Find the right balance of all macronutrients for your individual needs to help manage a healthy weight.

Bottom line?

Eating too much of any food will cause weight gain, so don’t fear the carbs. Fear the result of restricting yourself from healthy foods and from having some of your favorite foods!




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Actionable Steps


1

Check your carbs

Take a look at your food intake. How often and in what quantity are you eating foods considered to be carbohydrates – fruits, starchy vegetables, grains and cereals, beans and legumes, refined or highly processed foods? You might benefit from using a food log like MyFitnessPal to make yourself more aware of your macronutrient balance.

2

Make the switch

After looking at the type of carbohydrates in your diet, determine if these carbs are nutrient-dense. Are they simple, complex, or refined? The majority of your carbohydrates should be complex (high in fiber) with some being simple carbs like fresh fruit. Keep simple sugars, like juice and sodas, and refined carbs, like cookies, chips, and white-pasta, to a minimum.

Use this Food Gallery to help you make the switch between whole grains and refined grains. Remember, this doesn’t mean you have to eliminate any foods (especially if they’re one of your favorites). Simply focus on trying to add in more fiber-rich carbohydrates.

3

Plan your portions

While all foods can fit into a healthy diet, the key is to control the portion of those foods to help prevent weight gain. The average person typically needs 45-65% of their daily calories from carbohydrates (that’s about 900-1,300 calories from carbohydrates if you eat a 2,000-calorie diet).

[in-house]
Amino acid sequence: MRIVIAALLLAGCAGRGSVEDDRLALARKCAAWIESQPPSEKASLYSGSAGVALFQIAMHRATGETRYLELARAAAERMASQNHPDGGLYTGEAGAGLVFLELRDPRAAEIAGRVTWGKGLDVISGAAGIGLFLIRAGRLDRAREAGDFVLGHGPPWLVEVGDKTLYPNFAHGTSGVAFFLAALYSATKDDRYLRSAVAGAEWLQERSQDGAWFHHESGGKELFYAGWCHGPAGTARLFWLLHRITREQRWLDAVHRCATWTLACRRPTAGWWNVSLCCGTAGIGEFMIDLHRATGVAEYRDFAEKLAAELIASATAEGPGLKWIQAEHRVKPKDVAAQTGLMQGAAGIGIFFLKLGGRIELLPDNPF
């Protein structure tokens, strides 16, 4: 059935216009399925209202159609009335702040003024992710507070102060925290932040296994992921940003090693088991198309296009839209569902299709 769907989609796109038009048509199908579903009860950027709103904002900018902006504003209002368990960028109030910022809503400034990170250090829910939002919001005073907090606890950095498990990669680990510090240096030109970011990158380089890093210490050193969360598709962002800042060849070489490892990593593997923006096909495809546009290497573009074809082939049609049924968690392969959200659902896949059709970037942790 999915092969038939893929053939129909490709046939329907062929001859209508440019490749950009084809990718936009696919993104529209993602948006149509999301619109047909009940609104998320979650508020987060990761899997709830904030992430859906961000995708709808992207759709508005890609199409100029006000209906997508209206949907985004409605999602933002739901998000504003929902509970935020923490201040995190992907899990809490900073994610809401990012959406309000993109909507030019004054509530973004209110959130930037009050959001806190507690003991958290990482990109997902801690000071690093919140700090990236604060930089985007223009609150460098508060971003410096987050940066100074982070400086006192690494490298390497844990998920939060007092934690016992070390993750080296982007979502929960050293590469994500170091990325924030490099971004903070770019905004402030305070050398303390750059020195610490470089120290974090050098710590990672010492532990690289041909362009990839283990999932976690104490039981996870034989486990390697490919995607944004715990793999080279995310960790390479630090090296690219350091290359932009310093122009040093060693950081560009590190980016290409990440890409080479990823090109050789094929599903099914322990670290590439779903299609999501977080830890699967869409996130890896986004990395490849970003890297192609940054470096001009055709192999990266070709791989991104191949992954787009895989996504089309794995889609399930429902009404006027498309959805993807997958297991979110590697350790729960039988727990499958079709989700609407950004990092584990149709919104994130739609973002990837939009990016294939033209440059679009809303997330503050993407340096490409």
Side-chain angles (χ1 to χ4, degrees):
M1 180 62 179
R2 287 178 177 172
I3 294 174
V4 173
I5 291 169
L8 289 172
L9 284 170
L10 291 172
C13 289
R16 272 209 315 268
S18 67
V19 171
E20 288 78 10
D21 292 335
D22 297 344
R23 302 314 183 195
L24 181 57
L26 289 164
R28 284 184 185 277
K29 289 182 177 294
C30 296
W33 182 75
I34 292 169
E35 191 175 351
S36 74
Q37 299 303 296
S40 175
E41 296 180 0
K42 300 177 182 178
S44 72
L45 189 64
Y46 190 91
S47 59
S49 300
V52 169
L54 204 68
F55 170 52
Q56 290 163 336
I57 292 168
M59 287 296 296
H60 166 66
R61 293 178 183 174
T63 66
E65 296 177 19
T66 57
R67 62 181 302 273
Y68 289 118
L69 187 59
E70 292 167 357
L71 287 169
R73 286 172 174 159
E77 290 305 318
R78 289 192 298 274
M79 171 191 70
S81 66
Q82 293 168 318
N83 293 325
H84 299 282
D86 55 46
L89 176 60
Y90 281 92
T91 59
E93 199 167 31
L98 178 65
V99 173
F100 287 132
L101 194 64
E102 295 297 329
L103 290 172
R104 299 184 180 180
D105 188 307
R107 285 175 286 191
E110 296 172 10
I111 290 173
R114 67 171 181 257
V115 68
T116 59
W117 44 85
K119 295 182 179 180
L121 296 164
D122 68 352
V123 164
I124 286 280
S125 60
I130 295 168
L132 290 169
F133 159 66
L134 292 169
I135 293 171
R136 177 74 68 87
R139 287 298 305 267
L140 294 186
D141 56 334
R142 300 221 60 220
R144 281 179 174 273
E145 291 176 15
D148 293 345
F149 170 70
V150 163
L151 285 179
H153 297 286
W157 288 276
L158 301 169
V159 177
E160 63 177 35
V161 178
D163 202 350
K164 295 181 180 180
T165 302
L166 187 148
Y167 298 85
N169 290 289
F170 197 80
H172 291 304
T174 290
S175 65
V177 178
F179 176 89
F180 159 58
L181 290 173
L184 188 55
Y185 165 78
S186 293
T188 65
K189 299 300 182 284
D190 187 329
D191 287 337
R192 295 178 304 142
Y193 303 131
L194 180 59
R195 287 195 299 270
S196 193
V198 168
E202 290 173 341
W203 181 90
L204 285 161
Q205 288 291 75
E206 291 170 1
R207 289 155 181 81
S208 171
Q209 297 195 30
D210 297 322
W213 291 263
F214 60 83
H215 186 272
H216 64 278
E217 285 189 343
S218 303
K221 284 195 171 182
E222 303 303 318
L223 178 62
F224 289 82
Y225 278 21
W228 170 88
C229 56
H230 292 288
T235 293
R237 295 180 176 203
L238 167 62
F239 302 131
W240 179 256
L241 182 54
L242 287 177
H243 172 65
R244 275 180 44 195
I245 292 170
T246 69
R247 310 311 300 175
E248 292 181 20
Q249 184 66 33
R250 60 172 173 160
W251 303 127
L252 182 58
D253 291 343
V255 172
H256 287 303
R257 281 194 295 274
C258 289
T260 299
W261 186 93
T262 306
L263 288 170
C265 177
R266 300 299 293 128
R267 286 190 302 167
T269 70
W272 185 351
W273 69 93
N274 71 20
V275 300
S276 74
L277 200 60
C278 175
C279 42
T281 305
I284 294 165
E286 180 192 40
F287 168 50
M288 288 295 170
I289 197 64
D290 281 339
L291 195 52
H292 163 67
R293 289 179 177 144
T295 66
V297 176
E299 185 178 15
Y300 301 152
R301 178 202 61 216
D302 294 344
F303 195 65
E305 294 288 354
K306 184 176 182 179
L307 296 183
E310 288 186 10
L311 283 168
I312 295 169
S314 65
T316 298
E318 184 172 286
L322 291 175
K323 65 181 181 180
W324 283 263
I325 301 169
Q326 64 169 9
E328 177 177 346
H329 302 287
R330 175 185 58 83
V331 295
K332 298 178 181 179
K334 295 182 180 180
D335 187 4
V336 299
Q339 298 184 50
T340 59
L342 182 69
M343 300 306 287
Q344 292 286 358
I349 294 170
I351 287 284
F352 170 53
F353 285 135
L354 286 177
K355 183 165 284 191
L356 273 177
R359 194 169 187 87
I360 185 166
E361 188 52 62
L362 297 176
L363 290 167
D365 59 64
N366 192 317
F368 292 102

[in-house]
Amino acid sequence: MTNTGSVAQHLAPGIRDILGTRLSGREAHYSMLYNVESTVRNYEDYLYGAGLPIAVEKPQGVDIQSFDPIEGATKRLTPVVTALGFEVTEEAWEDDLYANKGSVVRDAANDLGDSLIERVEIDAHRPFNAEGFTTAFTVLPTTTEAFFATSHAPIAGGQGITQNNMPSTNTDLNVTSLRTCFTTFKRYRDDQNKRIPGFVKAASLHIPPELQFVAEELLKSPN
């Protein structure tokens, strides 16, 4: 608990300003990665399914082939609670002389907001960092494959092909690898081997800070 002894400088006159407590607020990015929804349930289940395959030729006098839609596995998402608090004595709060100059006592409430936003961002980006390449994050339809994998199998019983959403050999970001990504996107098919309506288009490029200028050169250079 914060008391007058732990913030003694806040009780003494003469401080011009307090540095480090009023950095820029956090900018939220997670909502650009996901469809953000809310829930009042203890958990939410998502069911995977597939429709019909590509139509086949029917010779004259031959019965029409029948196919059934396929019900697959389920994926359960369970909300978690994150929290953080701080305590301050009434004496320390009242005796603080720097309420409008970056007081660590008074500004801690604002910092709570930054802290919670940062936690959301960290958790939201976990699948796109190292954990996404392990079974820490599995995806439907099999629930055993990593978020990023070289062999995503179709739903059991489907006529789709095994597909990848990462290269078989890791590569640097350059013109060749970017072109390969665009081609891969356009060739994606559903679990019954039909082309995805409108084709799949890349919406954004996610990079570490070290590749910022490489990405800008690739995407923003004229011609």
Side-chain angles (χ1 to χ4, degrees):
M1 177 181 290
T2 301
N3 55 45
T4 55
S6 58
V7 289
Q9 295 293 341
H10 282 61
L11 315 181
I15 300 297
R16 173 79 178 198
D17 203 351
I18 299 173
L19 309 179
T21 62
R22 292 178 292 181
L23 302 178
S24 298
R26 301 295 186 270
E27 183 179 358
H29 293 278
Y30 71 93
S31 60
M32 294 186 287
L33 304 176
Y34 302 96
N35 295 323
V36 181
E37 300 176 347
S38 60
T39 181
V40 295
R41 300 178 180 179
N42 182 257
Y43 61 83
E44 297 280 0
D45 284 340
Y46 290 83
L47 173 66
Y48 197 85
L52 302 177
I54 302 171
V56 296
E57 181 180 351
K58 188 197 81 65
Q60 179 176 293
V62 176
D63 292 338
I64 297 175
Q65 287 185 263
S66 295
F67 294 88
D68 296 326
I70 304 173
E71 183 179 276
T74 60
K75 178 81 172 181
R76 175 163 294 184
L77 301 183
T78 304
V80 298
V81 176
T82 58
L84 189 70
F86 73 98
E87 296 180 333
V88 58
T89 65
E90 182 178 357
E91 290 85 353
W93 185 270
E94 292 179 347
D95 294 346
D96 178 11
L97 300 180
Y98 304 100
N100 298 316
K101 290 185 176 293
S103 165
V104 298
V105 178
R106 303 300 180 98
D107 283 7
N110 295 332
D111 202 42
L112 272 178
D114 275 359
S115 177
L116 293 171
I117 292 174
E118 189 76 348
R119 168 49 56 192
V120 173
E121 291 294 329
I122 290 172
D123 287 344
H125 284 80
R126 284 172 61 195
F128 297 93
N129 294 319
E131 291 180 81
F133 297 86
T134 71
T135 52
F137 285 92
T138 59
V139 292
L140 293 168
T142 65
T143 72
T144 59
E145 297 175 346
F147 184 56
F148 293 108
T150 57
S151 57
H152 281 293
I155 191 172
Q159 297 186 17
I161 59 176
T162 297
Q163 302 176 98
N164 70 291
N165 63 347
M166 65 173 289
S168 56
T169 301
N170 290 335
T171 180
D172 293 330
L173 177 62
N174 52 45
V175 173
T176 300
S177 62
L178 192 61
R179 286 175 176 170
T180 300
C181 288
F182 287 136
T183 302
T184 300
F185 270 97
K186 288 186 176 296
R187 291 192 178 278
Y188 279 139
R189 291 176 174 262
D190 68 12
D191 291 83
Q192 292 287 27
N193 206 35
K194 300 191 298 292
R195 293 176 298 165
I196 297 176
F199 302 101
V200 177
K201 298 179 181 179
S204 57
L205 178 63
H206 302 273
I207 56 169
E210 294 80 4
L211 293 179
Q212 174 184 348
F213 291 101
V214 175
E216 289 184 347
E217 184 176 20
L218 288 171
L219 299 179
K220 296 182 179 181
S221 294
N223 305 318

Use this Portion Control Guide using the hand method to help keep your portions of carbohydrates, proteins, and fats in check.

Note: Specific macronutrient requirements vary for each individual based on age, gender, activity level, and health status.

4

Indulge with intention

No one wants to have to give up their favorite foods. When choosing foods like desserts or packaged snacks, eat with intention and savor every bite. Read more about Mindful Eating – it can help you avoid overeating.

5

Work with a Dietitian

Work with a Registered Dietitian if you are concerned about your eating patterns or would like an individualized meal plan.

6

Read the longer version

Learn Why Carbohydrates are Important from Christy Brissette, MS, RD. Read McKel Kooienga’s, MS, RDN, LDN myth-busting series with Does Eating Carbs at Night Make You Fat. The dietitians at the Cleveland Clinic explain Are Carbs Really That Bad for You – Or Not. Get Nancy Clark’s, MS, RD take on Carbohydrates: Why Are They So Confusing.

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About the Author


shannon costello

Shannon Costello

Registered Dietitian Nutritionist (RDN)

Hi, I’m Shannon! I’m a Registered Dietitian Nutritionist, Culinary Coach, and Personal Trainer. After dedicating over 8 years to the corporate wellness world, I began my own nutrition practice. Chef Shannon Nutrition focuses on plant-based nutrition and culinary coaching. My passion for culinary nutrition grew when I worked as a cooking instructor for a culinary entertainment company. After several years as an instructor and event coordinator, I moved into the role of Director of Culinary Entertainment where I developed all the recipes, menus, and instructor trainings. My dietetic’s expertise helped the company expand into allergy-friendly and health conscious menus to suit all clients.
Full Bio | LinkedIn | 1:1 Coaching